A little while ago video passed across my facebook page of a very brave woman who stripped to her underwear in Piccadilly Circus, armed only with a blindfold, some marker pens and a white board reading “I’m standing for anyone who has struggled with an eating disorder or self-esteem issue like me… To support self-acceptance draw a [heart] on my body.” The video takes you through the initial agonising moments as there’s an air of confusion but gradually one by one complete strangers took the pens from her hands and draw a multitude of hearts on her body. I am moved to tears because it’s a powerfully beautiful statement. Her vulnerability was striking, not only was she naked but she was asking for something from the strangers she could not see walking by. How often do we chose to stay quiet, afraid of being noticed, afraid of judgement or ridicule? But Jae West didn’t stay quiet, she had a very simple message she communicated in a silent yet striking way. She says,
“With the growing prevalence of eating-disorders and self-esteem issues around the world, this public act of self-acceptance aims to get people to question the true relationship that they have to themselves and body-image.”
I am reminded of various relationships I’ve had with my body; mostly negative. I am tormented by areas I consider “fat” and “disgusting”; when my joints ache I’m reminded of the punishment I’ve inflicted on my body; when I build up muscle through healthy exercise I am distressed by the increase in bulk; at lower weights I’ve been pleased with how I look but still the clothes don’t fit right – it doesn’t matter what weight/shape I’ve been, changing rooms, mirrors and photographs remain my enemy. I try to remember when I’ve felt proud of my body’s achievements, it’s run half marathons, it’s climbed mountains, it’s survived everything I’ve thrown at it!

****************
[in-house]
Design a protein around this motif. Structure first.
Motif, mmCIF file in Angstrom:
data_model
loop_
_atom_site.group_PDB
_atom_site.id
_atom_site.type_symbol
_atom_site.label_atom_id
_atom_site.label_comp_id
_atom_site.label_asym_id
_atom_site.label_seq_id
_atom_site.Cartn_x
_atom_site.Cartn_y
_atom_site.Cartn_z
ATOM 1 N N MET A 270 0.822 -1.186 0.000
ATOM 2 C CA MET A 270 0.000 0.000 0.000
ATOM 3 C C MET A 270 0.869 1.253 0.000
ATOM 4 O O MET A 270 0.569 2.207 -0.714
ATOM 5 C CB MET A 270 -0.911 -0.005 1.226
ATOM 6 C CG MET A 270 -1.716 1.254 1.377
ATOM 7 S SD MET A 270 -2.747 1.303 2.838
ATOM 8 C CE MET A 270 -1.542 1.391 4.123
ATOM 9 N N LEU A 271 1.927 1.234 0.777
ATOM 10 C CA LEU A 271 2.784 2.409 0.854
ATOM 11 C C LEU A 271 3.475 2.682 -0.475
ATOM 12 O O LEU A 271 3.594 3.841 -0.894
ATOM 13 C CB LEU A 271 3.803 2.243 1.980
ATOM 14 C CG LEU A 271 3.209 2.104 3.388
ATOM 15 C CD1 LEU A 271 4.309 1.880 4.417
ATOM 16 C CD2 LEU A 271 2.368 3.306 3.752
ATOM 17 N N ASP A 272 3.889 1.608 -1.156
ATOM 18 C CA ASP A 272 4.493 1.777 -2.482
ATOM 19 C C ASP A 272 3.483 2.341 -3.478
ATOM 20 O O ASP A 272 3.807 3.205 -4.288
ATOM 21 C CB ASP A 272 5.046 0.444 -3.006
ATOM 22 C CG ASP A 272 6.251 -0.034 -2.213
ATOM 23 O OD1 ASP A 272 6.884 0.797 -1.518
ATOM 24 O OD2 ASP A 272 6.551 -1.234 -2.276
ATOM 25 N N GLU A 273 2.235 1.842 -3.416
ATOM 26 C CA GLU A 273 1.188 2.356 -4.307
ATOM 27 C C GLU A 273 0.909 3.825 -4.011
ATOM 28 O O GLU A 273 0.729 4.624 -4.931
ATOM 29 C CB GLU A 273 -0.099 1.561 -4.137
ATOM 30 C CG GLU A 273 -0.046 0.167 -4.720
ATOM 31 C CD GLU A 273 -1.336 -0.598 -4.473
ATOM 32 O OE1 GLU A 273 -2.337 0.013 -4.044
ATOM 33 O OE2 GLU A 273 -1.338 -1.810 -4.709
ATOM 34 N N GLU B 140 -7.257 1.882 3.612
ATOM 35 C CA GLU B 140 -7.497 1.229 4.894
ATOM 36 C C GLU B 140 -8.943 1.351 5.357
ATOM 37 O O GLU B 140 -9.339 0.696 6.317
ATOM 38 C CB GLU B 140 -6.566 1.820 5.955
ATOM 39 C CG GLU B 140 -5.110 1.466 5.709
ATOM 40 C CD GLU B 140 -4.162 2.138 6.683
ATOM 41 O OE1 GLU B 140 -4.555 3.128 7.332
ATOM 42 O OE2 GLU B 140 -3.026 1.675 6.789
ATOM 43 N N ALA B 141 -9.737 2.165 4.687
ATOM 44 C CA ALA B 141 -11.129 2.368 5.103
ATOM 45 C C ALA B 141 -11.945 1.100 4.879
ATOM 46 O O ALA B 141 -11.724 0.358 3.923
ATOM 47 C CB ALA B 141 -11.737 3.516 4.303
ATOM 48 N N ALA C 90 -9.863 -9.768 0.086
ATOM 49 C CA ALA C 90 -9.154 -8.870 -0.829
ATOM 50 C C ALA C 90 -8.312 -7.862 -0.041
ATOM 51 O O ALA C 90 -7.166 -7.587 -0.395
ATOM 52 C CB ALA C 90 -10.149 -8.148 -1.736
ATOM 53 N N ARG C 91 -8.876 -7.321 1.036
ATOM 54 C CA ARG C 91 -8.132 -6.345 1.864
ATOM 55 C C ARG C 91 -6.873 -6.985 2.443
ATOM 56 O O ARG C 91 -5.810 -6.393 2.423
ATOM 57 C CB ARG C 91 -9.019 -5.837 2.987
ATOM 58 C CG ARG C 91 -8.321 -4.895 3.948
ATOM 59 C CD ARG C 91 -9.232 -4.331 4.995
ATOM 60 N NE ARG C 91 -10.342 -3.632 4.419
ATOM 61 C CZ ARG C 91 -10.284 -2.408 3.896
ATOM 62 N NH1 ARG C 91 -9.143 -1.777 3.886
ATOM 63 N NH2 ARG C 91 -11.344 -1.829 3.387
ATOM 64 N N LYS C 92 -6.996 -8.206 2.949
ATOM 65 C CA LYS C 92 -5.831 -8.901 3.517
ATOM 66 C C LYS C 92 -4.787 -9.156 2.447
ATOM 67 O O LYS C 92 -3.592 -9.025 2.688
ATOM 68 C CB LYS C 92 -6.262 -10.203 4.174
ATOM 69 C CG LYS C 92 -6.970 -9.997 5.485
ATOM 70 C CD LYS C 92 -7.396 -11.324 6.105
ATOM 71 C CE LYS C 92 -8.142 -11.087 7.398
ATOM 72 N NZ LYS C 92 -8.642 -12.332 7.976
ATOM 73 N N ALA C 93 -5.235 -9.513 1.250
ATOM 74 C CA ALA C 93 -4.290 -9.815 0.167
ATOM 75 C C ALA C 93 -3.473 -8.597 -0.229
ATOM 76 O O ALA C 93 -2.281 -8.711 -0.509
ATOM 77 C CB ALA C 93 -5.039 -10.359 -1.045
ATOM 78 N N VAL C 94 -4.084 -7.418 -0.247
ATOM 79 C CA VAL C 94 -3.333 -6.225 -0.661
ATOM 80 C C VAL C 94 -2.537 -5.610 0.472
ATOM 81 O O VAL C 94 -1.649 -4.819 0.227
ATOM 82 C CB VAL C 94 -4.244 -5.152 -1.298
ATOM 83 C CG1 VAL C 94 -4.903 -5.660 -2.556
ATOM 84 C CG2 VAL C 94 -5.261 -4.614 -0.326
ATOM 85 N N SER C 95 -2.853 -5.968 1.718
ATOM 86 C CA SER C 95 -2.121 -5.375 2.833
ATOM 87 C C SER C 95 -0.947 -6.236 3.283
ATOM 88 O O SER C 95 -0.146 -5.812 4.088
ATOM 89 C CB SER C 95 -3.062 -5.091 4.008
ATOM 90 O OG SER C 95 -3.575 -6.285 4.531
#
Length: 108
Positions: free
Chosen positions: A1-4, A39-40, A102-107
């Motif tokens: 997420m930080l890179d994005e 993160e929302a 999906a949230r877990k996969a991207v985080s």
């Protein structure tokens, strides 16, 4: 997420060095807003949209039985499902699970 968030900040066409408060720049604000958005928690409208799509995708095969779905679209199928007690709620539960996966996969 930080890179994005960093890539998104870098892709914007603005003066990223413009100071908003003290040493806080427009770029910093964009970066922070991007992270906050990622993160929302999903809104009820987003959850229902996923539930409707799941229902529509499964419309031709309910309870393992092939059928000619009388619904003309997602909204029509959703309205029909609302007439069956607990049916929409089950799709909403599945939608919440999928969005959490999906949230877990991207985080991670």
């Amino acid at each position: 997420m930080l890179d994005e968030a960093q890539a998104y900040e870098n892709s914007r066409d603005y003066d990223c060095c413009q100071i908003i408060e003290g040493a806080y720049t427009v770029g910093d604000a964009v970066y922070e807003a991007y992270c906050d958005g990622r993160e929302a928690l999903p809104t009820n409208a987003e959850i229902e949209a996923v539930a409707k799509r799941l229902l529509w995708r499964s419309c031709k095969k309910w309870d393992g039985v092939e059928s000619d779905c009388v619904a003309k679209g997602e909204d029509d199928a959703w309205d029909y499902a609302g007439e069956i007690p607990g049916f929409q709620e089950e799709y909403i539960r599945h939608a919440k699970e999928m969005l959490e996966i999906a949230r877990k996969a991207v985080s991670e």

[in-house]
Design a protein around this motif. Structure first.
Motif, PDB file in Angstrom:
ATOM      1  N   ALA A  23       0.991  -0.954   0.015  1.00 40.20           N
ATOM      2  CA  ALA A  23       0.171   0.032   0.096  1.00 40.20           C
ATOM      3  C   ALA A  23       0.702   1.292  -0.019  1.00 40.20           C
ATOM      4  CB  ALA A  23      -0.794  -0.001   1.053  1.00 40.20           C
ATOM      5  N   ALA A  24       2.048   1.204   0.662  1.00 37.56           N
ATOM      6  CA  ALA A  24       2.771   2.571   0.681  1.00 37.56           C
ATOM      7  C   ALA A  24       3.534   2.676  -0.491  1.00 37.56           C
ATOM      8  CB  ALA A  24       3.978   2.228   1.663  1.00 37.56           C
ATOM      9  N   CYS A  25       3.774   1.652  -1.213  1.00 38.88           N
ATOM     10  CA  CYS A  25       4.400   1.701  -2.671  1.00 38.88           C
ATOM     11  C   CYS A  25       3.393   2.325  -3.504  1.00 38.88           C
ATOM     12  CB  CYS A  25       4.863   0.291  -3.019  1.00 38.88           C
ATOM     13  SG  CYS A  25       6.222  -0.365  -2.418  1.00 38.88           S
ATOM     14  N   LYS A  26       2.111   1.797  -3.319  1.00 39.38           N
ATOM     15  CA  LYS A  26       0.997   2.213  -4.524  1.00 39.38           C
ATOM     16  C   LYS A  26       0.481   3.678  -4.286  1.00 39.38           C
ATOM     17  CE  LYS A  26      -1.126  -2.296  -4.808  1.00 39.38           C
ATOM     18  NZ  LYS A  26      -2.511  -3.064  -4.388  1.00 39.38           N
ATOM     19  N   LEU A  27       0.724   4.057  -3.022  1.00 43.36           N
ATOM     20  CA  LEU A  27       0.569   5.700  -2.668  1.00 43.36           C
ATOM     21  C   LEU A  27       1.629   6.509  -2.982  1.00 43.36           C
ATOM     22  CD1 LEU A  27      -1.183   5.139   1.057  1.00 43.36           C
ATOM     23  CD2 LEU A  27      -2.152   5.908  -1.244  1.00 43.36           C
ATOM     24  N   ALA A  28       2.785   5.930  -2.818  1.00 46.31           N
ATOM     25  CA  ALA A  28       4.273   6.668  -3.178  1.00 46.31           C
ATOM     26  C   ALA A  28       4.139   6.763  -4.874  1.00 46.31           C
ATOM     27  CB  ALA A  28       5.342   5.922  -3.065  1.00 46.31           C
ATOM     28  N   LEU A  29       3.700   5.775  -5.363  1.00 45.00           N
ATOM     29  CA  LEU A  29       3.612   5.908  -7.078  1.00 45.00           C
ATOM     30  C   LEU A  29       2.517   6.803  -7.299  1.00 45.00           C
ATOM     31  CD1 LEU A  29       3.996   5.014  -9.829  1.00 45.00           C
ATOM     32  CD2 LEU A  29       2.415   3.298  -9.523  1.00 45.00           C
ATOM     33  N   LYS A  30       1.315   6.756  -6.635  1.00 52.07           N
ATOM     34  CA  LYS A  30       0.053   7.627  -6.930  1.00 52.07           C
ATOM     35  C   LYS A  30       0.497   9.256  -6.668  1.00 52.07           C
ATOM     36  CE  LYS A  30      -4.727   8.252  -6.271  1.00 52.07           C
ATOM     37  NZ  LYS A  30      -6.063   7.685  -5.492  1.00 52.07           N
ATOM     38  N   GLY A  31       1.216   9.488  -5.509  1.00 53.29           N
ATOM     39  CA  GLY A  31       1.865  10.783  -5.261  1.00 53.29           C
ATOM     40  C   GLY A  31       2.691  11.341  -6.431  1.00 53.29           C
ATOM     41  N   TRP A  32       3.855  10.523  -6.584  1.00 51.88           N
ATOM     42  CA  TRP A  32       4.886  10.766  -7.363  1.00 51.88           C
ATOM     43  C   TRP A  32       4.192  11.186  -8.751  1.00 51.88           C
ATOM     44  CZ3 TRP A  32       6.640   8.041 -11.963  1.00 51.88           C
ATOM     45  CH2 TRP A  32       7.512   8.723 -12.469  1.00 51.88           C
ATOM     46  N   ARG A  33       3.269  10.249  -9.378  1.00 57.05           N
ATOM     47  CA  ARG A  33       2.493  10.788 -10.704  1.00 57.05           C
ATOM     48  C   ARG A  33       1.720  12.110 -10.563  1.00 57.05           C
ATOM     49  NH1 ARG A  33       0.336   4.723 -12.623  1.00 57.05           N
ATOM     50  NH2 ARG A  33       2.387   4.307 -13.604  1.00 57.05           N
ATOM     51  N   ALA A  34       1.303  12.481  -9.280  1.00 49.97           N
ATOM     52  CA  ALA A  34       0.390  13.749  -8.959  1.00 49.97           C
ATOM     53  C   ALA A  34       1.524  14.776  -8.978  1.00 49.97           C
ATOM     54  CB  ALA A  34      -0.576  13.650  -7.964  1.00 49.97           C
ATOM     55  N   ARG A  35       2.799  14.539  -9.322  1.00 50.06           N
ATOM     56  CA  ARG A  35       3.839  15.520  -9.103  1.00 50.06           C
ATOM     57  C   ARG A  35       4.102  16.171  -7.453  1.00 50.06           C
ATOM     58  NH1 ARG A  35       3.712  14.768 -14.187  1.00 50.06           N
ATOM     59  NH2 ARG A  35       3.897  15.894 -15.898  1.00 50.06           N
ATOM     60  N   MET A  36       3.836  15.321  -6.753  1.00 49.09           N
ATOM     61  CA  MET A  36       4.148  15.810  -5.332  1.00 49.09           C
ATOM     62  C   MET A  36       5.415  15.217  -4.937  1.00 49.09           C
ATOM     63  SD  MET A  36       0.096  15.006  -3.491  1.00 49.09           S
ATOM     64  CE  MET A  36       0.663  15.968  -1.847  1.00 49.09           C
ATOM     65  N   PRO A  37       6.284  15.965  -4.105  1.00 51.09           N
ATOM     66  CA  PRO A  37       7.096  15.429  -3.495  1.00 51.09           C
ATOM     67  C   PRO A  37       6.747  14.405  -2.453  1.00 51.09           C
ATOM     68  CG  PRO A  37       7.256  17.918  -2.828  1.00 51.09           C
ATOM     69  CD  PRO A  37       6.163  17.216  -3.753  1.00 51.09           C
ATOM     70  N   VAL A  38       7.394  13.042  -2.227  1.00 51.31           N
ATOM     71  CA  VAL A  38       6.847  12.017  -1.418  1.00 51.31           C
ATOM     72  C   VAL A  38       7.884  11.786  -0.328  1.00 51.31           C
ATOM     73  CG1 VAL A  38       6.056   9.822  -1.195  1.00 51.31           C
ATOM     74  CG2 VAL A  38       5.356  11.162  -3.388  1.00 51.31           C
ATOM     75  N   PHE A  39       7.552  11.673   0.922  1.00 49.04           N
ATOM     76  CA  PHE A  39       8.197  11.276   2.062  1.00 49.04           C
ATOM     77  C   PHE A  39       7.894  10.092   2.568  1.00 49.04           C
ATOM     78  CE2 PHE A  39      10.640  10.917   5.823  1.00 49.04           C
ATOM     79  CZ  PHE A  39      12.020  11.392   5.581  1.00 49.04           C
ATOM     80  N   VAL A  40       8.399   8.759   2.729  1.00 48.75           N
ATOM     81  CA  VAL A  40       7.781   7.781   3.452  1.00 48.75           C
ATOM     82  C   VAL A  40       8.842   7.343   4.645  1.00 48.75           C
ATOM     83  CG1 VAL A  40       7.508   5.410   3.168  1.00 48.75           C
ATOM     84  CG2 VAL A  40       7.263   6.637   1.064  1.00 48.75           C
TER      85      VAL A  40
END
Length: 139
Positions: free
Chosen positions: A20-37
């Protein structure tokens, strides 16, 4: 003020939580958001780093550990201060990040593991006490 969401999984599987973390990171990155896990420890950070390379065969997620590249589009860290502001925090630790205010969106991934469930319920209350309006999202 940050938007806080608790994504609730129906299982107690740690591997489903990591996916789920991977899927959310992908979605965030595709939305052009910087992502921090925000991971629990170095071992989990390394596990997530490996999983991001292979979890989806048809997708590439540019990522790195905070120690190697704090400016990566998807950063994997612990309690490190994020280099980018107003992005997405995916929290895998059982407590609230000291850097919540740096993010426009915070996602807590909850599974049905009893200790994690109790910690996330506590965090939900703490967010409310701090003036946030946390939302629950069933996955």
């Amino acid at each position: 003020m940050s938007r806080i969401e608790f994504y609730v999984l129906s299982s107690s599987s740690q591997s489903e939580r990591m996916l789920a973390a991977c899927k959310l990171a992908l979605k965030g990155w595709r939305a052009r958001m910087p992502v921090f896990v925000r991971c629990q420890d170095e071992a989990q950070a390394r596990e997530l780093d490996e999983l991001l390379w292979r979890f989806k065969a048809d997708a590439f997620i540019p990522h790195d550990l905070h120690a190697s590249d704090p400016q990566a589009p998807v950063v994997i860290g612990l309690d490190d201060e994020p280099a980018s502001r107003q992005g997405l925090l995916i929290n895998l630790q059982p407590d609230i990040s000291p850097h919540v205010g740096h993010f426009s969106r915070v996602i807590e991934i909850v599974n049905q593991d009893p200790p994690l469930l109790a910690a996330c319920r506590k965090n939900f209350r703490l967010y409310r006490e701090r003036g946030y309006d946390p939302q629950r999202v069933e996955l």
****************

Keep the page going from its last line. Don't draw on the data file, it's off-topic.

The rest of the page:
I feel pained when I hear the negative relationships people have with their body. I look at other people and I can only see beauty. I believe we are all fearfully and wonderfully made (fearfully = with respect and reverence and wonderfully = to be distinct and unique). So why does my brain, so often, dismiss this belief and look disdainfully upon my body? I try to remind myself I’m “healthy” but no rational thinking will shift my juxtaposed beliefs. I’m sure I am not in a unique position. Why do we hold onto the beliefs that will only knock us down? My husband is saddened, as the compliments he wishes to bestow cause me pain; thinking about my body is hard enough, hearing what someone else thinks feels intolerable. I feel sorry about the sadness I cause by my lack of acceptance, it is unfair on him that my insecurities get in the way of him expressing his love. Why do so many of us find it hard, if not, impossible, to hear compliments?
I believe I am a survivor of an eating disorder, I do not suffer any more (I struggle but I do not suffer). My last hurdle is to come to terms with my body. I wonder what it is going to take. I thank Jae West for standing up for us and I dream of being able to fight the fear of judgement and ridicule and having her courage.